# DenyAllPasswordIdentityProvider.
openshift_master_identity_providers=[{'name': 'htpasswd_auth', 'login': 'true', 'challenge': 'true', 'kind': 'HTPasswdPasswordIdentityProvider', 'filename': '/etc/origin/htpasswd'}]
openshift_master_htpasswd_users={'admin': '$apr1$CkPI2pl3$aNvboUNKKONazHRjLLJc3/'}

# Native high availbility cluster method with optional load balancer.
# If no lb group is defined installer assumes that a load balancer has
# been preconfigured. For installation the value of
# openshift_master_cluster_hostname must resolve to the load balancer
# or to one or all of the masters defined in the inventory if no load
# balancer is present.
openshift_master_cluster_method=native
openshift_master_cluster_hostname=cm.os.int.intra
openshift_master_cluster_public_hostname=cm.os.int.intra
openshift_public_hostname=cm.os.int.intra
openshift_master_api_port=443
openshift_master_console_port=443
openshift_docker_options='--selinux-enabled --insecure-registry 172.30.0.0/16'
openshift_router_selector='region=infra'
openshift_registry_selector='region=infra'

# other config options
openshift_master_default_subdomain=apps.os.int.intra
osm_default_subdomain=apps.os.int.intra
osm_default_node_selector='region=primary'
osm_cluster_network_cidr=10.128.0.0/14
openshift_portal_net=172.30.0.0/16

# apply updated node defaults
#openshift_node_kubelet_args={'pods-per-core': ['10'], 'max-pods': ['250'], 'image-gc-high-threshold': ['90'], 'image-gc-low-threshold': ['80']}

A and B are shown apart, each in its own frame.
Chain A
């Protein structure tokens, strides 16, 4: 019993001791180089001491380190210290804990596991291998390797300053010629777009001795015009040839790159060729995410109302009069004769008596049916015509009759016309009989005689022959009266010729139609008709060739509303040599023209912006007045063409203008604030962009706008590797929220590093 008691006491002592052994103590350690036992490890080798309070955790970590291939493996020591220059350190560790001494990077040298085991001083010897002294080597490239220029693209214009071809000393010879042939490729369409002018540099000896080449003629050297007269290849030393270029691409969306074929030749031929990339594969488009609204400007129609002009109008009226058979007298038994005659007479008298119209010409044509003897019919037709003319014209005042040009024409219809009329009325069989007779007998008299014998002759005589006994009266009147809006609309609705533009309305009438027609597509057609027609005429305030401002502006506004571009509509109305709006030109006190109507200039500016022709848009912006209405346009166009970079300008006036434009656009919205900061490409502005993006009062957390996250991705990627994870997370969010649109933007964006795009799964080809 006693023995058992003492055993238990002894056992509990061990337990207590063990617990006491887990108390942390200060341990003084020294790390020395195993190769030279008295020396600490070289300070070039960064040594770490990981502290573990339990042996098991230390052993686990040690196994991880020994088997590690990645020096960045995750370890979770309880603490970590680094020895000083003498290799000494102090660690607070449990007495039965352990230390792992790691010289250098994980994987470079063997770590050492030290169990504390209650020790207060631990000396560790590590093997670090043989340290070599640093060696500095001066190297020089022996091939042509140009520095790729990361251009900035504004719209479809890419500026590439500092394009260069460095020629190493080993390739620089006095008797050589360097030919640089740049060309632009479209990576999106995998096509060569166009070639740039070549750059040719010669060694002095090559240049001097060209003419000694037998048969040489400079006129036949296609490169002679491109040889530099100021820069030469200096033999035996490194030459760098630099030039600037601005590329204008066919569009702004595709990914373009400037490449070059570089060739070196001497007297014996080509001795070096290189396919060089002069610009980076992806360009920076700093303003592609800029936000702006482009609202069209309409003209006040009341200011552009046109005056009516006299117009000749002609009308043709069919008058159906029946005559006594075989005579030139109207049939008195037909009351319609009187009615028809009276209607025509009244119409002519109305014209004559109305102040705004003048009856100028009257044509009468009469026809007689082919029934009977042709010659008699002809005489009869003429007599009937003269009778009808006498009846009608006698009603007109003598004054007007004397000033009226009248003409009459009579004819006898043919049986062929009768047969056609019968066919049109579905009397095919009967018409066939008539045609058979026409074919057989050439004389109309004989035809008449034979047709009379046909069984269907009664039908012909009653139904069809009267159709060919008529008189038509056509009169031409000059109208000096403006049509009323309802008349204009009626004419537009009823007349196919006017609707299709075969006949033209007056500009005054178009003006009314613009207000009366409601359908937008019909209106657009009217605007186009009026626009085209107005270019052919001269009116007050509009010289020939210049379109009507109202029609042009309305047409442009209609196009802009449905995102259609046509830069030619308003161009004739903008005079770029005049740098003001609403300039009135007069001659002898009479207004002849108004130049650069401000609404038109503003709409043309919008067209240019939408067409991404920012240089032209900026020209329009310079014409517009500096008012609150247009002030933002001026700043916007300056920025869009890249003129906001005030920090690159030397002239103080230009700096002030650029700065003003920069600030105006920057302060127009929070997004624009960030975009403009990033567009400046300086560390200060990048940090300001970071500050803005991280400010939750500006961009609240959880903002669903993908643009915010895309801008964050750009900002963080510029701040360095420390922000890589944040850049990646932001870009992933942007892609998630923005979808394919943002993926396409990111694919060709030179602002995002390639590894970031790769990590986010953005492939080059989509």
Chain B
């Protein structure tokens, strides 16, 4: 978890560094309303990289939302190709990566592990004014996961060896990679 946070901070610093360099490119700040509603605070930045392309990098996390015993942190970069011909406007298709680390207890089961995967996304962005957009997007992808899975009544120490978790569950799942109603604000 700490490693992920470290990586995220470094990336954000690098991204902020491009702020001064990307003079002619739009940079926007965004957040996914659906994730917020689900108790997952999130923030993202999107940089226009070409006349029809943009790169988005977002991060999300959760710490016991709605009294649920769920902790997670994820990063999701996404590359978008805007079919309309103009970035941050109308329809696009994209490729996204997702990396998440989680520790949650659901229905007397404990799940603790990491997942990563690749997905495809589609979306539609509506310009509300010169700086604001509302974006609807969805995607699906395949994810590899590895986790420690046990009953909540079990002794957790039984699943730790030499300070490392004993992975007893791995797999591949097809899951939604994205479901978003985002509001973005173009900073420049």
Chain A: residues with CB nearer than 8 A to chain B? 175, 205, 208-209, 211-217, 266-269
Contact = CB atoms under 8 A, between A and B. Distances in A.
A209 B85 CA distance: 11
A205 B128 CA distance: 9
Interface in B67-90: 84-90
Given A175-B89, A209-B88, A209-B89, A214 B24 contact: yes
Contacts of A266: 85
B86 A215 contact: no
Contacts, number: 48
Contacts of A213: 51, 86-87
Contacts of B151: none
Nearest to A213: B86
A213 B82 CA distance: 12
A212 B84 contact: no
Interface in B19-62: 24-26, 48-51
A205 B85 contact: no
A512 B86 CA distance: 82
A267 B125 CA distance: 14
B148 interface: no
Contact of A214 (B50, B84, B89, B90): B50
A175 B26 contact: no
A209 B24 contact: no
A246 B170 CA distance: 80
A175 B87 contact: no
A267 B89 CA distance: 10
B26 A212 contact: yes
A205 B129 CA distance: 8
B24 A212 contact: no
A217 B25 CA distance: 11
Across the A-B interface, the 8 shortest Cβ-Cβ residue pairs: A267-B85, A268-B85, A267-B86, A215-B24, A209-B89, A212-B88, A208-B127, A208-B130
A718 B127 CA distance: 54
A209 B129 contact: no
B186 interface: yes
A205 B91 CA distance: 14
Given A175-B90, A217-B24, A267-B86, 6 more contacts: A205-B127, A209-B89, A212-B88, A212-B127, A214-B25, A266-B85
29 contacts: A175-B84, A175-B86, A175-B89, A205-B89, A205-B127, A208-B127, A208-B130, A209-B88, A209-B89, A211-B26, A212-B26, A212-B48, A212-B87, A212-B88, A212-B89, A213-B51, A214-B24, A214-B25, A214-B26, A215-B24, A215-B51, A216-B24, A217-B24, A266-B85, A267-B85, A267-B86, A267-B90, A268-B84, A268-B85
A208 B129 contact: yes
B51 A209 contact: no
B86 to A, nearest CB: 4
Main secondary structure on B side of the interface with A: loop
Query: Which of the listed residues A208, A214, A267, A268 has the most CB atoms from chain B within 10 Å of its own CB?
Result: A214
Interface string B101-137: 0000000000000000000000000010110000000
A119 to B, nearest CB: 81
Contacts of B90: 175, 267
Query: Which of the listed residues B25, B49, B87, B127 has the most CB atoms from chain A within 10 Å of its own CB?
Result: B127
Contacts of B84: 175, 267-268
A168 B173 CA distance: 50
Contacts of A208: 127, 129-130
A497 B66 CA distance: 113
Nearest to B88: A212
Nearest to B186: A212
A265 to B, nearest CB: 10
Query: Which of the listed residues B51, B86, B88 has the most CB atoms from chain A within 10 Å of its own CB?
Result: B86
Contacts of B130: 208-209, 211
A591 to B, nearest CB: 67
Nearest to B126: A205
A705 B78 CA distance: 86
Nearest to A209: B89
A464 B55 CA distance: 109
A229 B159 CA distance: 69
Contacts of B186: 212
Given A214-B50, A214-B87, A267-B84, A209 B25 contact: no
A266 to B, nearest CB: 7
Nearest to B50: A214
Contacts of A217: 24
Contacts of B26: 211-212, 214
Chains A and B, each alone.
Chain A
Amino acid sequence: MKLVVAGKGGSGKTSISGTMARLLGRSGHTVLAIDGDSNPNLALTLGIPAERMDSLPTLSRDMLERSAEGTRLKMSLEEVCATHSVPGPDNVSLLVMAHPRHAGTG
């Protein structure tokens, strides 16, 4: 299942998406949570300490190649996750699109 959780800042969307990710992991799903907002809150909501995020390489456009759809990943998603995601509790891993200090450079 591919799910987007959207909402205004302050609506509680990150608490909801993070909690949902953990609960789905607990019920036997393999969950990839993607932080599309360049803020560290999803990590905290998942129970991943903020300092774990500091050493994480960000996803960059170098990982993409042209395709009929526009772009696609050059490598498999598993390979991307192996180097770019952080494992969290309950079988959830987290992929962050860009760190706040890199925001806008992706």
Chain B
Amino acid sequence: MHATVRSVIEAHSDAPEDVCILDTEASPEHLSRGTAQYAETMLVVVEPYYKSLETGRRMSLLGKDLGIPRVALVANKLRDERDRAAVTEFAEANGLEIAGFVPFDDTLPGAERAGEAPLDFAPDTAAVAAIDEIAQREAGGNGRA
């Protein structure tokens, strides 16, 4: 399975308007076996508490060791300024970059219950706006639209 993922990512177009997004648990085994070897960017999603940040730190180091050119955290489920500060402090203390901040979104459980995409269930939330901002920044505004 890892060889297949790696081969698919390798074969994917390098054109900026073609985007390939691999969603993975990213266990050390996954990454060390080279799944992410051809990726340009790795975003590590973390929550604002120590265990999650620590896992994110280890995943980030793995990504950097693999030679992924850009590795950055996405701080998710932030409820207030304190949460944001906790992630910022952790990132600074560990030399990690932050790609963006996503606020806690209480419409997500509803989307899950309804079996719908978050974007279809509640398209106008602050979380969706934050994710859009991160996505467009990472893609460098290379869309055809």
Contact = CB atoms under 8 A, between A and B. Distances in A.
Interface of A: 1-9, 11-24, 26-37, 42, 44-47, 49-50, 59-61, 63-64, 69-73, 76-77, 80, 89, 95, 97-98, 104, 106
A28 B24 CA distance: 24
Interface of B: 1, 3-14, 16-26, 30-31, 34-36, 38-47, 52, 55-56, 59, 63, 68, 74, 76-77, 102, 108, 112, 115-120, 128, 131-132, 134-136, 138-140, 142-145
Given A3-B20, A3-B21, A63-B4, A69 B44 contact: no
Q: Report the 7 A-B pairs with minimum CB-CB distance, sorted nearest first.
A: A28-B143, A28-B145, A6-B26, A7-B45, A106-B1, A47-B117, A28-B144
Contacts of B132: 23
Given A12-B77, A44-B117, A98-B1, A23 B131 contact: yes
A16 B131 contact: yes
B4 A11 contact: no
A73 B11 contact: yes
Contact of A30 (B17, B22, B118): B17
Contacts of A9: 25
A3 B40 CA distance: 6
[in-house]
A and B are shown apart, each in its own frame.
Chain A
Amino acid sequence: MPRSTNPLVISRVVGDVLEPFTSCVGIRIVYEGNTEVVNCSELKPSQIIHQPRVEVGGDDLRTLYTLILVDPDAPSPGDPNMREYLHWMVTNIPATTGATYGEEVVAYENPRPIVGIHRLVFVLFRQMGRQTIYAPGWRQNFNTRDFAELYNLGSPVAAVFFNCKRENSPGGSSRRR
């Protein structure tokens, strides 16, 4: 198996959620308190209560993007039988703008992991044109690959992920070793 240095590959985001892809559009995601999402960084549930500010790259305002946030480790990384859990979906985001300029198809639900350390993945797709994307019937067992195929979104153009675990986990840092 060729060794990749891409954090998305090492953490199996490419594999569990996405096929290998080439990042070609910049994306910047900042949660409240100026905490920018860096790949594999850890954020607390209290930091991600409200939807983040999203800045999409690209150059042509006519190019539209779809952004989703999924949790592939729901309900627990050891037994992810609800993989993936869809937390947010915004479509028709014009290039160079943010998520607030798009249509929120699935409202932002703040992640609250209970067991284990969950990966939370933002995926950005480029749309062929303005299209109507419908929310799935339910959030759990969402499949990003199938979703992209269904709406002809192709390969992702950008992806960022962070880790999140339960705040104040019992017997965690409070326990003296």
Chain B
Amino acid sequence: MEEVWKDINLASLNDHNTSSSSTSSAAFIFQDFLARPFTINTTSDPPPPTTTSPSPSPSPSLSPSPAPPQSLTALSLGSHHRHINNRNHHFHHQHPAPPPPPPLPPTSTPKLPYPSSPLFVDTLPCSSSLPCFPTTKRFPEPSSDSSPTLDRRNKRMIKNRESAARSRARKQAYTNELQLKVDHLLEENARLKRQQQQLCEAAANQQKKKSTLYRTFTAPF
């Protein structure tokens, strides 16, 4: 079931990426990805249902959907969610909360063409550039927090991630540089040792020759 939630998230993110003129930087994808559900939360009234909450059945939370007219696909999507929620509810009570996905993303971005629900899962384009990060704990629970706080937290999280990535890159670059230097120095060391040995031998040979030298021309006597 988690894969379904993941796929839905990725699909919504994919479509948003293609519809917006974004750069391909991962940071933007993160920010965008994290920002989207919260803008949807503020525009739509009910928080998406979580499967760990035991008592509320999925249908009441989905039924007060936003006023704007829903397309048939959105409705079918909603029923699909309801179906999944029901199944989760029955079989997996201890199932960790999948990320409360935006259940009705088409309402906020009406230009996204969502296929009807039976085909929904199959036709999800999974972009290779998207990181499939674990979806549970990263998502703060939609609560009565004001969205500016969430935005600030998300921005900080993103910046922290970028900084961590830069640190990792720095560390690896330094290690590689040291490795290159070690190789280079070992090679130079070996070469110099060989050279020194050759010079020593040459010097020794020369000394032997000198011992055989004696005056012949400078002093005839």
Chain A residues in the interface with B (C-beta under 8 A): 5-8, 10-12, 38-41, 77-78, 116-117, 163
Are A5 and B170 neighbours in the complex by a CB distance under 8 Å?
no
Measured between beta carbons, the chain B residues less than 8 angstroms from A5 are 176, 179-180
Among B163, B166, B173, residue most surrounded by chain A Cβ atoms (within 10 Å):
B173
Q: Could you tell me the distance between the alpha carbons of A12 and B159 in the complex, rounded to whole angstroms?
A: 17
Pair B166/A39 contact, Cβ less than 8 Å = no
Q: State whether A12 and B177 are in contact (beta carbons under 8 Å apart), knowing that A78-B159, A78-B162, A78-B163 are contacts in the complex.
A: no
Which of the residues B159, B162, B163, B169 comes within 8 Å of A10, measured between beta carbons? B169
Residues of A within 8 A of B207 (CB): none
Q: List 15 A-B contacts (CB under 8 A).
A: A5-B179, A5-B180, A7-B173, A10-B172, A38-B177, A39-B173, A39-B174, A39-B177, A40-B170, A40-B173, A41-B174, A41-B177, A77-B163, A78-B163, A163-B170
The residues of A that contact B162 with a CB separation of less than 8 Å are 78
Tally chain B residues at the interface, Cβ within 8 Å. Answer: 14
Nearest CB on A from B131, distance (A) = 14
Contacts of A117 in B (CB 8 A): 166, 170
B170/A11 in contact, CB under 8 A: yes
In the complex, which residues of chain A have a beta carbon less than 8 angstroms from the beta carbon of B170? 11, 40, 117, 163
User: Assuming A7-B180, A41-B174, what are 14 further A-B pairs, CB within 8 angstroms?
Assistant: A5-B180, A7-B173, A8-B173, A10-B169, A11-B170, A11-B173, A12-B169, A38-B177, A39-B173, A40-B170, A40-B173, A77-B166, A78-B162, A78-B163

# enable ntp on masters to ensure proper failover
openshift_clock_enabled=true

# for ours, no need for the minimum cluster requirements.. we're at home...
openshift_disable_check=memory_availability,disk_availability,docker_storage
template_service_broker_install=false

# host group for masters
[masters]
cm[0:2].os.int.intra

# host group for etcd
[etcd]
cm[0:2].os.int.intra

# Specify load balancer host
[lb]
ha0.int.intra
ha1.int.intra

# host group for nodes, includes region info
[nodes]
cm[0:2].os.int.intra openshift_node_labels="{'region': 'master'}" openshift_schedulable=False
ci[0:2].os.int.intra openshift_node_labels="{'region': 'infra', 'zone': 'default'}"
cn0.os.int.intra openshift_node_labels="{'region': 'primary', 'zone': 'east'}"
cn1.os.int.intra openshift_node_labels="{'region': 'primary', 'zone': 'west'}"    

haproxy/keepalived

You must install haproxy and keepalived on the HA hosts (ha[0..1])

HA Proxy

This will be done by Ansible

keepalived

On each hosts, install keepalived :

yum install -y keepalived
systemctl enable keepalived

Edit on the two hosts /etc/keepalived/keepalived.conf so that

  • on the host ha0 you have “state MASTER” and on ha1 you have “state BACKUP”
  • the IPs match your load balanced ips for cm.os.int.intra and ci.os.int.intra (virtual_ipaddress field)

Here is the ha1 conf file :